Monthly Archives: July 2016

Seven Chapters In

I’ve been trying to read a book, and I’m having a lot of trouble getting through it. I’m seven chapters in after an entire month.

The problem is not time. Maybe a little, but I’m finding time to read again these days. The problem isn’t the writing. It’s well done, and I am in fact attempting to learn from that as I go along. I actually got to have dinner with the author and hear her speak, and she is a delight. I really want to like this book. I do like this book. I just don’t know if I can finish it.

It’s a memoir of the author’s first marriage, to a young man with cystic fibrosis. You can guess the ending, right?


I brought this home with me the night I met Liz and I kept intending to start it. That was months ago. Many, many months.

I’m in it now, you guys, and it is hammering me.

We have been living for a little while in a pleasant little vale, where cystic fibrosis does not matter much in our day-to-day lives. Sure, we fit in 75 minutes of treatments every day and Levi takes enough pills at breakfast to choke a baby elephant, but that’s just what we do. We’re used to it and it feels normal and on we go, whistling as we work.

This book just terrifies me.

I am terrified of the time that is going to come when Levi leaves my house and I can no longer know for sure that he is doing every possible thing to take care of himself.

I am terrified that he is going to fall in love with someone who can’t handle a diagnosis like this and his heart will be broken. I am terrified that he will fall in love with someone who can handle a diagnosis like this and he won’t need me anymore, and then what will I do? If there’s a future me that doesn’t constantly worry about Levi’s lung function and the future and whether he’s had his enzymes, I’m not sure I’ll recognize myself when I meet me. Someday he’s going to check in to the hospital and it not only won’t be my responsibility to stay with him, it won’t be my right.


Levi in 2012, during a visit to the CF center.

Most of all, I am terrified that the cure is not coming fast enough or cheaply enough or in just the right way for his gene mutation. That all the walking and cycling and fundraising will not have been enough. And this vibrant little voice will be silenced way too soon.


I just can’t stand it.

So I do not know if I can finish this book. I already know the ending, but I don’t know if I can handle the journey. I can’t decide whether this means that I know my limits or I am a sniveling coward, and I don’t want to think about the answer very hard, which is probably answer enough.

Orson Welles said a happy ending depends on where you stop the story. I think, for now, it will have to be enough that our story hasn’t ended. There is still happy in front of us.

And I can decide about chapter eight tomorrow.



Paul took the boys away to a cabin for a couple of nights over the holiday weekend. People have been asking what I’m doing with myself. Mostly cleaning and decluttering like a woman possessed. Yes, I know I should take some time to relax, but you know what really helps me relax? A clean house with clear surfaces. I mean, I think it would. I don’t really remember.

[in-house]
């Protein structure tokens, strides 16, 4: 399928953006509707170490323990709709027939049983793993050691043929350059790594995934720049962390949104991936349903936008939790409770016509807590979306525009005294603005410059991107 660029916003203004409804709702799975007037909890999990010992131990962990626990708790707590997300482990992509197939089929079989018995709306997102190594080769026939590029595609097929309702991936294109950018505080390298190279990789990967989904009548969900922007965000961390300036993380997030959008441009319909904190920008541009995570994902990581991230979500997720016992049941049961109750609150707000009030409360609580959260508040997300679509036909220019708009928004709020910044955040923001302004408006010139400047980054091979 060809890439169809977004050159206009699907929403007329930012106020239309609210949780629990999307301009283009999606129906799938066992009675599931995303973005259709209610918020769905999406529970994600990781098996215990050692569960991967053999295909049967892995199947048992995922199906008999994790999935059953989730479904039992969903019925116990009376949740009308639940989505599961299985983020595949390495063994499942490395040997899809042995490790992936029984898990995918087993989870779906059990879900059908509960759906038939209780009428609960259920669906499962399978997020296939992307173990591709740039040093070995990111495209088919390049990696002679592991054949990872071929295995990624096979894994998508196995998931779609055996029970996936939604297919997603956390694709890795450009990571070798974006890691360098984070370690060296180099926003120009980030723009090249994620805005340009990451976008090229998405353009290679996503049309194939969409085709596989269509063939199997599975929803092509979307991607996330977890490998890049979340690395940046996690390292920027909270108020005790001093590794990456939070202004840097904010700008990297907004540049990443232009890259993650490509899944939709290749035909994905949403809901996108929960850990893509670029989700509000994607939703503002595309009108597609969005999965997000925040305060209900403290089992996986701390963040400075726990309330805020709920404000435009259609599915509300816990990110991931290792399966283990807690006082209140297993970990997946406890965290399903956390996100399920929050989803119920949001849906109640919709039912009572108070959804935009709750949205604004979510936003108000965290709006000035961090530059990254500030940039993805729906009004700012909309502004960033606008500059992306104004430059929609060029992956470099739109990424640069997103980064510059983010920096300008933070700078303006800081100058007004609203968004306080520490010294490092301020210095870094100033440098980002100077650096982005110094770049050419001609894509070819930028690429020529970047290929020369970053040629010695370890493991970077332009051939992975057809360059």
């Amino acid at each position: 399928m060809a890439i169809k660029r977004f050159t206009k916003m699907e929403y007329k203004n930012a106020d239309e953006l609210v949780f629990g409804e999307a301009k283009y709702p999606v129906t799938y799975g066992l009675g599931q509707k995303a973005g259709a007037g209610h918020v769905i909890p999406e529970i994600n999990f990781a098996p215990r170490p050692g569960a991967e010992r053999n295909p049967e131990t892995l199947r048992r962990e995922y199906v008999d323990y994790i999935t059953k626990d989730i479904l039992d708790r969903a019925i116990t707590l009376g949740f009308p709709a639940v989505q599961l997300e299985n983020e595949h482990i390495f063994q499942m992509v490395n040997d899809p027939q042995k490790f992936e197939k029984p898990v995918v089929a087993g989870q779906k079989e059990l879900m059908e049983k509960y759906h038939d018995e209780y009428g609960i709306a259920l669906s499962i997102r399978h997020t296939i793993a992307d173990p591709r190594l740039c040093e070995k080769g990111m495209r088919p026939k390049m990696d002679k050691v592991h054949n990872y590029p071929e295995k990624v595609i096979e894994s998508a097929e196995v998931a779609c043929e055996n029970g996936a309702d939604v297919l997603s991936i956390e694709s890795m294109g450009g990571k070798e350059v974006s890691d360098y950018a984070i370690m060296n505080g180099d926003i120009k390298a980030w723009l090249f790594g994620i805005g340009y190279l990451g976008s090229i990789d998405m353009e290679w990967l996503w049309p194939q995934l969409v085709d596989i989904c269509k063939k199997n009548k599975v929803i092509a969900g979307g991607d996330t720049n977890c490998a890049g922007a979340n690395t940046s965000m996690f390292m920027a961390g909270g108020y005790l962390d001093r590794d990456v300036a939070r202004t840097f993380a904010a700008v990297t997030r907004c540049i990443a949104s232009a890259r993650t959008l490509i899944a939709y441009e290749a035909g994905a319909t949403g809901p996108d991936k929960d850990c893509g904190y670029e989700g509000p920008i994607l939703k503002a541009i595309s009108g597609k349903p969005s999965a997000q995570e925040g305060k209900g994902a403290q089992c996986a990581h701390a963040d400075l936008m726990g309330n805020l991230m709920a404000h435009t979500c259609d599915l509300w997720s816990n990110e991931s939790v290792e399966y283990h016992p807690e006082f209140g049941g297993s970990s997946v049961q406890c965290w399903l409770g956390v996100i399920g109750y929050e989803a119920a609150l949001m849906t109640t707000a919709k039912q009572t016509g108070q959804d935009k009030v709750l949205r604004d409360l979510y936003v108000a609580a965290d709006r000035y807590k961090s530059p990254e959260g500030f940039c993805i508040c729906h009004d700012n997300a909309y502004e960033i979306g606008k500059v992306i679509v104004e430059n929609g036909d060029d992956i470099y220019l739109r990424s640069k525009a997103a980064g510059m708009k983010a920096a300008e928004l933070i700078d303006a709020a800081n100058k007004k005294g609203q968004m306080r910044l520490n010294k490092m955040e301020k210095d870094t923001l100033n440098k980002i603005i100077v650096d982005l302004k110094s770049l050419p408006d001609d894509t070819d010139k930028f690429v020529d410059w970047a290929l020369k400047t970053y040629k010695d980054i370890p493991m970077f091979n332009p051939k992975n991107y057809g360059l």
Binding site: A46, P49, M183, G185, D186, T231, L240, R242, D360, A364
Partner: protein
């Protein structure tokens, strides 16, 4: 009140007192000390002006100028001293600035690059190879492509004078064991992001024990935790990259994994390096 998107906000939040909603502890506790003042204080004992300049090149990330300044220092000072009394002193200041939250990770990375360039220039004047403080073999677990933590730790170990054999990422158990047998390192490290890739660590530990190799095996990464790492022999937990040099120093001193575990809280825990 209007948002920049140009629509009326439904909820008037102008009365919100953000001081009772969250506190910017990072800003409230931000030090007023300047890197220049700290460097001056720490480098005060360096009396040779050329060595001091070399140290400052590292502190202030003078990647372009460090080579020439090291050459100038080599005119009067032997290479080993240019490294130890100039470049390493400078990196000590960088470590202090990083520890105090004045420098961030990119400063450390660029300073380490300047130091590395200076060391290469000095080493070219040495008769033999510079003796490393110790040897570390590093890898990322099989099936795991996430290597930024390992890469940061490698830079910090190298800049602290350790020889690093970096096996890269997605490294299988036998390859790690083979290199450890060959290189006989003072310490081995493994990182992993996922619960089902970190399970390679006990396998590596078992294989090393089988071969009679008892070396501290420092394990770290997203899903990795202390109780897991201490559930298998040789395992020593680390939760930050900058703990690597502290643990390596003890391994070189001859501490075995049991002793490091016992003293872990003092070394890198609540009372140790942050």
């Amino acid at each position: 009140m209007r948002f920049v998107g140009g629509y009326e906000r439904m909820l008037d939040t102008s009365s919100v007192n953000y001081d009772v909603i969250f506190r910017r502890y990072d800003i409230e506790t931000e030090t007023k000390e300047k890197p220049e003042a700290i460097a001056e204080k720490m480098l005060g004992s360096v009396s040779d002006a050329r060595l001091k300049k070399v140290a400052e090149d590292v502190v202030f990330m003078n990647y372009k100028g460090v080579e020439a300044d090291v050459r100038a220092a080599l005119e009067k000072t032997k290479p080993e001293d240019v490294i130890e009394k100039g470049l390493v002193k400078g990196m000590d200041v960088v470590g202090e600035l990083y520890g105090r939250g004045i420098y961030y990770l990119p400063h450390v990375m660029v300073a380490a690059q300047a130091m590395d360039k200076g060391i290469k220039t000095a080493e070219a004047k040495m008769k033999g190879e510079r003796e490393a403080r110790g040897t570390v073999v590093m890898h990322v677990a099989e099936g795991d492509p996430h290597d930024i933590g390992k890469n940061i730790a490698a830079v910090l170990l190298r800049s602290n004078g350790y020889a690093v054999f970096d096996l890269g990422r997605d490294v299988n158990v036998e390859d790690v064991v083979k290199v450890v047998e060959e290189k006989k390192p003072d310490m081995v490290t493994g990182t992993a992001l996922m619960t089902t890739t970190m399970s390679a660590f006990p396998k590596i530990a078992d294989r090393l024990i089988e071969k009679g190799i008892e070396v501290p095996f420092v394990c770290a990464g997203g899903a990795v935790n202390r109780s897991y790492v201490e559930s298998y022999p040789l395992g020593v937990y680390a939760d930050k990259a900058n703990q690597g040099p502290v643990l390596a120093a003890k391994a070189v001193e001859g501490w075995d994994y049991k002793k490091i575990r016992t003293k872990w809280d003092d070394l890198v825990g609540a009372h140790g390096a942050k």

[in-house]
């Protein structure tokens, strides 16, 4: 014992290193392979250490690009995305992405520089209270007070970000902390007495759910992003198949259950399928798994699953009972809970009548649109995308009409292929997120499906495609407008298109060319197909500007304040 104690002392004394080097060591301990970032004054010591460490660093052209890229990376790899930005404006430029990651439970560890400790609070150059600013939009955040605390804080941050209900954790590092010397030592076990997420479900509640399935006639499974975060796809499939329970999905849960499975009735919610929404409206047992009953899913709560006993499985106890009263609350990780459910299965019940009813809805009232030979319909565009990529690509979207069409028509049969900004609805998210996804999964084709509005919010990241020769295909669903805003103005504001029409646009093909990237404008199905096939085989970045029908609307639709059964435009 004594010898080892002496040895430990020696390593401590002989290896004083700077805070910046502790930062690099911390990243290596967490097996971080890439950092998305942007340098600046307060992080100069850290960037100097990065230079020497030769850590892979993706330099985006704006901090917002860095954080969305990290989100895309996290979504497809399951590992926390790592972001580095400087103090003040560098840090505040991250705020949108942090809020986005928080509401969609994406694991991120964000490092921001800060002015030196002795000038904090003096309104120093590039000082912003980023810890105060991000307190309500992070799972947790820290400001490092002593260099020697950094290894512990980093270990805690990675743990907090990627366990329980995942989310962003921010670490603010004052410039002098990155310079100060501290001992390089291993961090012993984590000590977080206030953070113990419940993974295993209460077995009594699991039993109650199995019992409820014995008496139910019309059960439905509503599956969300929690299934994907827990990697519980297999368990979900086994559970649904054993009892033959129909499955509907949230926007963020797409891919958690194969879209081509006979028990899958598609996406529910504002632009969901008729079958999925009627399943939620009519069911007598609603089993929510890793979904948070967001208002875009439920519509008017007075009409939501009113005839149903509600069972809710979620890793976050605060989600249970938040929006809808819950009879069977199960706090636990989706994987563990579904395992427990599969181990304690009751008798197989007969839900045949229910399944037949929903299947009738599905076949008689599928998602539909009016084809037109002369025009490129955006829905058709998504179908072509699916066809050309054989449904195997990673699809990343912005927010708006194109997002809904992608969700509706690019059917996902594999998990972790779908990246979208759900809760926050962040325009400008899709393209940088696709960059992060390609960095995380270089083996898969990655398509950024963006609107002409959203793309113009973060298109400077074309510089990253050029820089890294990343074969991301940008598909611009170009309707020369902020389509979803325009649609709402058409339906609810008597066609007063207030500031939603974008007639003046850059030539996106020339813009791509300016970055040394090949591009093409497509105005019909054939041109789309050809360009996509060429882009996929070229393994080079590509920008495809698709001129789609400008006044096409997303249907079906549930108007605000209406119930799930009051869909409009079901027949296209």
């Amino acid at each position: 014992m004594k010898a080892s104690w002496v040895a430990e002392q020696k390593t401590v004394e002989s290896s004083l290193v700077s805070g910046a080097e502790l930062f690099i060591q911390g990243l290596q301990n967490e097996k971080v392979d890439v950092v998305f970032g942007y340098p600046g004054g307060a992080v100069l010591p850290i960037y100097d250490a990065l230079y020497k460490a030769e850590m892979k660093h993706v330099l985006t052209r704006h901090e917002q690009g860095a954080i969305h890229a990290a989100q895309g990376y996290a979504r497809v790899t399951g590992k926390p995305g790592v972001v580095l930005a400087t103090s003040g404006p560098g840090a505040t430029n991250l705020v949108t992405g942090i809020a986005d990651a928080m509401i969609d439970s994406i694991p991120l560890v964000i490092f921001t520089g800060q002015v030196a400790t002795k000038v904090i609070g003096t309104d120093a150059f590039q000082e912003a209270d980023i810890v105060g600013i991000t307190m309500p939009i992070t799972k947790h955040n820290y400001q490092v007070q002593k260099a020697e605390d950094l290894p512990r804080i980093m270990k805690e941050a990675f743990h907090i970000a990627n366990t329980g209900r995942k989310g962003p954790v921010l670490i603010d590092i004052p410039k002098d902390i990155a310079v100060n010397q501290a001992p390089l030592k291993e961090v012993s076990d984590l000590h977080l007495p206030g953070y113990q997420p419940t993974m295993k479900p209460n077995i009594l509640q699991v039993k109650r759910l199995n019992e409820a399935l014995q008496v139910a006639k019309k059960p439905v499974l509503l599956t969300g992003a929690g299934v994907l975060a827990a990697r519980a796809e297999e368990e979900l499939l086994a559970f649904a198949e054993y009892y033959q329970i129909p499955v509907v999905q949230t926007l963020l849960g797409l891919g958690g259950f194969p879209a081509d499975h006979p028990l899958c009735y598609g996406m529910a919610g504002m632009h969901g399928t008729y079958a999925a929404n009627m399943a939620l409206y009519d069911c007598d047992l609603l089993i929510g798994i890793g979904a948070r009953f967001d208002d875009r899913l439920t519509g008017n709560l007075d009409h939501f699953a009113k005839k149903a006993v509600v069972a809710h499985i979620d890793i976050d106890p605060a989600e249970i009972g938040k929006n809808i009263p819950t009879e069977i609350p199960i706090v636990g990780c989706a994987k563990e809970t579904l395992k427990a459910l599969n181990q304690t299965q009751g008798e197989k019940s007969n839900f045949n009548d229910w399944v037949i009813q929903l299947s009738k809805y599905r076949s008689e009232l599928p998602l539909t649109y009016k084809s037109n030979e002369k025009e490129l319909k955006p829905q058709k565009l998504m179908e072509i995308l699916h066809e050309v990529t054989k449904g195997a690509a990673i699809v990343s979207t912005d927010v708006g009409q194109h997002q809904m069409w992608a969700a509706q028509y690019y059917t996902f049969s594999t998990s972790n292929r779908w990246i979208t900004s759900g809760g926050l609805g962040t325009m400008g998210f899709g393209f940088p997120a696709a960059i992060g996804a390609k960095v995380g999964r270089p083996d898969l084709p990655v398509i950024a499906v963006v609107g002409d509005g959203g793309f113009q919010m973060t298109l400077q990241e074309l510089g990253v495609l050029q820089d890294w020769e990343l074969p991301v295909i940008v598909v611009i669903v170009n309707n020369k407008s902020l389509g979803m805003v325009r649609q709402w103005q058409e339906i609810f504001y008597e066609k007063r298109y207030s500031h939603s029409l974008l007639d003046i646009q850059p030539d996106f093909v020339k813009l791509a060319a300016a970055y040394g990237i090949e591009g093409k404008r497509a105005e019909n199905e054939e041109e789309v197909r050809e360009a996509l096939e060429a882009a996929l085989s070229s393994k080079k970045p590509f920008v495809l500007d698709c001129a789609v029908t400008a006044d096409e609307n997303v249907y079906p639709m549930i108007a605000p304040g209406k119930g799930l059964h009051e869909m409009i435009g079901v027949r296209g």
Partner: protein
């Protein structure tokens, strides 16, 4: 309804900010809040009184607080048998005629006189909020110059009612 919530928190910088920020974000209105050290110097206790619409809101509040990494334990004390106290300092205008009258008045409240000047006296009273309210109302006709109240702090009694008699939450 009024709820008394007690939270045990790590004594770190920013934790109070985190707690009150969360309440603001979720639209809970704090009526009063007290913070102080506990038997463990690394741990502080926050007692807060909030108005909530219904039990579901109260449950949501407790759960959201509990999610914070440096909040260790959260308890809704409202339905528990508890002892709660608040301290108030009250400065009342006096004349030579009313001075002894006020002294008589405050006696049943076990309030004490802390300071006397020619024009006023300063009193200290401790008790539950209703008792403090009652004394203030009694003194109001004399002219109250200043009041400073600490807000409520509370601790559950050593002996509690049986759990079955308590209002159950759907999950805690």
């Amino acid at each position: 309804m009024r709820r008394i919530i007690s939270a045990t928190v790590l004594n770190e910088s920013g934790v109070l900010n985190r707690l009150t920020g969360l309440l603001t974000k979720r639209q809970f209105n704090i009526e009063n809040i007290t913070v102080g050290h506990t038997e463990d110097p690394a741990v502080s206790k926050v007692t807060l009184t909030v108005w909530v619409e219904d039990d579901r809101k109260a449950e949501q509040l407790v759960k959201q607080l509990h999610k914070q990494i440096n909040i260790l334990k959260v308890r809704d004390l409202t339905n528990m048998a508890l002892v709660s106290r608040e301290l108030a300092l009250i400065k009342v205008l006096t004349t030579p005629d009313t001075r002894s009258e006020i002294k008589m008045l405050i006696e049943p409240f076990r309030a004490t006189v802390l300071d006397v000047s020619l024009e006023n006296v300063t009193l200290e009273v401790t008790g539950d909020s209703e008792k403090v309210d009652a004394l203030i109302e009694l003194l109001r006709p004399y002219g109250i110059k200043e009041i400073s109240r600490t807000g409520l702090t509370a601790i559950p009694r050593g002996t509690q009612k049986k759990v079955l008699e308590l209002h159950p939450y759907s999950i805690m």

People are sometimes surprised to learn that we adopted Levi, but almost never that we adopted Elias. The exception is a very drunk Russian guy who talked to Paul on the beach in Florida while the boys were examining a gopher turtle, looked the boys over carefully, looked at Paul, and said, “Aaaaaaaaahhhh. You have two womens!” (Paul politely said no, he could just barely manage the one, thanks.)

People are further startled on occasion by how bluntly we refer to color in our family. I think* this is the right thing to do. If we never mentioned the fact that some of the people in our family are brown and some are pinkish, that would be weirder than talking about it. “I don’t see color” sounds nice if you don’t think about it very hard, but it’s a fact, and not talking about it doesn’t make it not matter. More than anything, I don’t want him to grow up thinking there’s something wrong with it. Which is what happens a lot of the time if nobody talks about stuff – it gets this weird, forbidden feel to it.

Elias is, as far as we know, a full-blooded native South American. So when Paul found a North American native powwow, he knew it wasn’t quite on point, but it’s a lot closer than a Swiss Anabaptist potluck dinner. Not that there’s anything wrong with those; the pies alone are a major draw.

What a time they had.

These kind folks are Gentle Dove and Blueeye. They led Elias through some of the dances.

I’ve heard a lot lately about how we’re all living in silos. We watch the news channel that reinforces our worldview, we talk to the neighbors who think like we do, and we don’t worry too much about the people who disagree with us because clearly they are wrong. Or stupid. At the very least, they are not like us, and getting to know them would be, well, a lot of work. Who needs it?

I wasn’t there to say it in person, but I would like to thank you, Gentle Dove and Blueeye and all the rest of you, for bothering. Thank you for inviting my boys to the dance.

Even the pinkish one.




*It’s parenting, so really, I have no idea. We’re just trundling along doing the best we can at any particular moment in time.